Dun Laoghaire RNLI assist injured angler near Sorrento Point
Dun Laoghaire RNLI launched on Saturday (15 August) at the request of the Irish Coast Guard to assist an angler who had fallen on rocks
At 8.25am the inshore lifeboat was launched by a volunteer crew of three to reports of a person who had suffered a serious leg injury after falling on rocks near Sorrento Point.
Dun Laoghaire Coast Guard unit and the National Ambulance service were on scene when the lifeboat arrived. Due to the dangers involved in removing the casualty via land, a collective effort was made to medically treat and stabilise the male, who was then successfully transferred on to the lifeboat.
The casualty who was in good spirits was taken by sea to an awaiting ambulance crew at Bullock Harbour.
Weather conditions at the time were described as calm with a light wind with very restricted visibility due to fog.Speaking following the call out, Liam Mullan, Dun Laoghaire RNLI Lifeboat Press Officer said: ‘The outcome of this incident could have been a lot worse and we would like to wish the person involved a speedy recovery, the right thing was done by calling the Irish Coast Guard and asking for help. It is important that shore anglers remember that should they get into difficulty or see someone getting into difficulty to dial 999 or 112 and ask for the Irish Coast Guard.’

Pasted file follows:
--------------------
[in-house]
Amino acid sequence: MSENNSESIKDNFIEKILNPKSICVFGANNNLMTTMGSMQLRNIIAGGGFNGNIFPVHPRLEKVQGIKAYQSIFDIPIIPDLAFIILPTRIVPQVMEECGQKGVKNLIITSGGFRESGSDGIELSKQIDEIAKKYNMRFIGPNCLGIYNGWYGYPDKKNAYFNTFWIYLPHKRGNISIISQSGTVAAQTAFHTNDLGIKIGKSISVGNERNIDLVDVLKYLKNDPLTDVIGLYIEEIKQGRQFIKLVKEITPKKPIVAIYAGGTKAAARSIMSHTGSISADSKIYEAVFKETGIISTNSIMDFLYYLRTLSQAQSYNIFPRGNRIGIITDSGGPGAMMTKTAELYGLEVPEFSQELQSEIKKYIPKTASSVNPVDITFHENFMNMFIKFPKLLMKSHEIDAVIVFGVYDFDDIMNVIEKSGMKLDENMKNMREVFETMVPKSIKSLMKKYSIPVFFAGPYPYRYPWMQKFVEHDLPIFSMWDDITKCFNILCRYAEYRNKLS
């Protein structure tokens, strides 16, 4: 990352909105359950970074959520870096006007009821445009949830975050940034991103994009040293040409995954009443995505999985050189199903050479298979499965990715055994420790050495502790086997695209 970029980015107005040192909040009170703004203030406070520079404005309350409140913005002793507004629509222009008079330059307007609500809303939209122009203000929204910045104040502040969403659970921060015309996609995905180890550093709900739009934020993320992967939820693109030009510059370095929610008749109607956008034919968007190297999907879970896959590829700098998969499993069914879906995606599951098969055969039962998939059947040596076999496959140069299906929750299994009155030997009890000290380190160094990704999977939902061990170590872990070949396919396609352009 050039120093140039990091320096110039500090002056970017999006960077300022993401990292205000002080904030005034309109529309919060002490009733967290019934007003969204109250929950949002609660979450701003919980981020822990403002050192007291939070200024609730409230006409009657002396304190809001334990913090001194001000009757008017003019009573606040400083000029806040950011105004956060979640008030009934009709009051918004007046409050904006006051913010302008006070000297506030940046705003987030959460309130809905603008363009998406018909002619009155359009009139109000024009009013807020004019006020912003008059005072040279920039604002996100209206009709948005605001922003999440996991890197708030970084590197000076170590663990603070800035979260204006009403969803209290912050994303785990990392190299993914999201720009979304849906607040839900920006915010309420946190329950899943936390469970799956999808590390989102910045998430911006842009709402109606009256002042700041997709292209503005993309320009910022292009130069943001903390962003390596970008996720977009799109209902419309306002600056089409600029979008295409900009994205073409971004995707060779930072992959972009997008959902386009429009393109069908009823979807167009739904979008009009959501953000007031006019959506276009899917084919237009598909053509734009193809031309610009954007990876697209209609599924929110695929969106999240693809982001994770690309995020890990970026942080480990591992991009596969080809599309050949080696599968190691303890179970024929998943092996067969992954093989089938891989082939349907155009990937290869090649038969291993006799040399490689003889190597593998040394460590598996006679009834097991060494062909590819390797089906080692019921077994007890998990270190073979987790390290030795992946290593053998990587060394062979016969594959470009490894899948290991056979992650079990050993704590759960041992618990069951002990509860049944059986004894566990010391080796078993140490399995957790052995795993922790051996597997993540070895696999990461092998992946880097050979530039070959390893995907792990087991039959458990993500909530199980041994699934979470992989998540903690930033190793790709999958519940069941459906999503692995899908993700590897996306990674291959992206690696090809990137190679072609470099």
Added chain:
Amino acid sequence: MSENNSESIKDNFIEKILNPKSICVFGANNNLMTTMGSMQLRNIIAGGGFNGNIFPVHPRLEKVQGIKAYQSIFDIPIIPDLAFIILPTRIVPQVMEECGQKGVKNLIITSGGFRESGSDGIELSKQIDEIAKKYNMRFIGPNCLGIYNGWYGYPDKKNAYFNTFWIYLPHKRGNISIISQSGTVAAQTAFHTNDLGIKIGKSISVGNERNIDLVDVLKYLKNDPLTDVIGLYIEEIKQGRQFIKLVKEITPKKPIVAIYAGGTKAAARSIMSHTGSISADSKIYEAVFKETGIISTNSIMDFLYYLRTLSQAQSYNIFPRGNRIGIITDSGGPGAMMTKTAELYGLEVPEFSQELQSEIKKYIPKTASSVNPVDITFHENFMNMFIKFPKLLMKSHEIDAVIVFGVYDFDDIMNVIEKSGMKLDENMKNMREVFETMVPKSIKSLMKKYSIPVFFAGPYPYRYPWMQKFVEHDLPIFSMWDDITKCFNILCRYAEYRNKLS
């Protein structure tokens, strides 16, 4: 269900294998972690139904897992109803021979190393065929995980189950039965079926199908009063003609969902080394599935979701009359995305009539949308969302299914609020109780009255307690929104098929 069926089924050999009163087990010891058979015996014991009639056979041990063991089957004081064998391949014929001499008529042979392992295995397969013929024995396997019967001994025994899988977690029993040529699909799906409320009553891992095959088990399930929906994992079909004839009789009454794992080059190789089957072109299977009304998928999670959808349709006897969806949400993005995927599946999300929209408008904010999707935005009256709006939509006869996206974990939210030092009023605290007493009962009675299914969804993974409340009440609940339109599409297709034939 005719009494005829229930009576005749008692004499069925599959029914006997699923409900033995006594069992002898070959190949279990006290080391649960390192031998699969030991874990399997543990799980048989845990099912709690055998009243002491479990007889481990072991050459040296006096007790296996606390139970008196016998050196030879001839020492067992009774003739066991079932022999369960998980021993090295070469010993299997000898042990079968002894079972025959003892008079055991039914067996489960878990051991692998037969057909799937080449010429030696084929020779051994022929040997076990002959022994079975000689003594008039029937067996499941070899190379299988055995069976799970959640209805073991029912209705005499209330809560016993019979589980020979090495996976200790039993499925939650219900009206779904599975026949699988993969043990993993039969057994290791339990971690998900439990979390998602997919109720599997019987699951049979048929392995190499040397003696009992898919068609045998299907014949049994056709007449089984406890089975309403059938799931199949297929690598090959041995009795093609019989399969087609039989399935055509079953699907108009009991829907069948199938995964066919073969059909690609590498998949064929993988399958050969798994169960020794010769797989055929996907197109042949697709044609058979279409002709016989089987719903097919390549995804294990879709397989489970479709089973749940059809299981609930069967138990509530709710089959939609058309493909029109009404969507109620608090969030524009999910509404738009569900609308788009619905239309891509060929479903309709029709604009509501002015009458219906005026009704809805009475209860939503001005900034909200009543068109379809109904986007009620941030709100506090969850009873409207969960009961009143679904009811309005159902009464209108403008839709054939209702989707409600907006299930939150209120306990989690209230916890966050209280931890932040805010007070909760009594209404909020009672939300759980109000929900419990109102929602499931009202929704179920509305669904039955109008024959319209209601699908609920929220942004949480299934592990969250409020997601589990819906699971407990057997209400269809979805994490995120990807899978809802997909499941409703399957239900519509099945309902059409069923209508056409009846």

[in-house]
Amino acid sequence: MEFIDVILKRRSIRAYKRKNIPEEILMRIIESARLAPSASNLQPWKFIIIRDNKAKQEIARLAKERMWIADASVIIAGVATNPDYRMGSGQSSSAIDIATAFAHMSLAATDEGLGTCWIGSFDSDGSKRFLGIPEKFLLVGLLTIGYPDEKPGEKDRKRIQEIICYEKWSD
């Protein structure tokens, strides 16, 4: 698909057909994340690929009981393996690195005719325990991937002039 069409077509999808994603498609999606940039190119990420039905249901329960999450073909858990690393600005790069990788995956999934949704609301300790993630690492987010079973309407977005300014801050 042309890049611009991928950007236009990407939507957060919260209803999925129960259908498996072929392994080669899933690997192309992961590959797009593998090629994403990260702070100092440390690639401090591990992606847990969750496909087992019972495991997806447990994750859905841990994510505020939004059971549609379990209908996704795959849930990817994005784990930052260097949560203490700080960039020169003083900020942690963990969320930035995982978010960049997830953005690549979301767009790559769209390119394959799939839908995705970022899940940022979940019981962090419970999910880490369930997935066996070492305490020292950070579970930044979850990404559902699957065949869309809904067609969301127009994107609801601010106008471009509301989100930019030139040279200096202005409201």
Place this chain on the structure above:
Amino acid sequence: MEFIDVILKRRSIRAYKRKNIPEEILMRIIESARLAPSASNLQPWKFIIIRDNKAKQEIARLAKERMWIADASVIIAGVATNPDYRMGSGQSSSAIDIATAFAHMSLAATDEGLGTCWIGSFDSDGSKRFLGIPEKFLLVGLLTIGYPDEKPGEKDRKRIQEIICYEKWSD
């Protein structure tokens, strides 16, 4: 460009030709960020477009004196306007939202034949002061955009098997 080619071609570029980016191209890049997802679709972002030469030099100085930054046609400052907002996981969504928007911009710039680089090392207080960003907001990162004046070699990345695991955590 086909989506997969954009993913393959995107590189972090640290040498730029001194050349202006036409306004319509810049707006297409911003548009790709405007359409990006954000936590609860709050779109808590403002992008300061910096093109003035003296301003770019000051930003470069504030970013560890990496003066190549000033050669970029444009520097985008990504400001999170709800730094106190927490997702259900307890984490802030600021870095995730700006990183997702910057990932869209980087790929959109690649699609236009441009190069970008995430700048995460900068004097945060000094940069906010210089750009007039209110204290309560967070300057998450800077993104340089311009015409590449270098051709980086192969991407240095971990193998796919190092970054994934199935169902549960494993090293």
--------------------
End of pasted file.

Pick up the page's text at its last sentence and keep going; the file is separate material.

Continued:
Key facts about the RNLI
The RNLI charity saves lives at sea. Its volunteers provide a 24-hour search and rescue service around the United Kingdom and Republic of Ireland coasts. The RNLI operates over 238 lifeboat stations in the UK and Ireland and, in a normal year, more than 240 lifeguard units on beaches around the UK and Channel Islands. The RNLI is independent of Coastguard and government and depends on voluntary donations and legacies to maintain its rescue service. Since the RNLI was founded in 1824, its lifeboat crews and lifeguards have saved over 142,700 lives.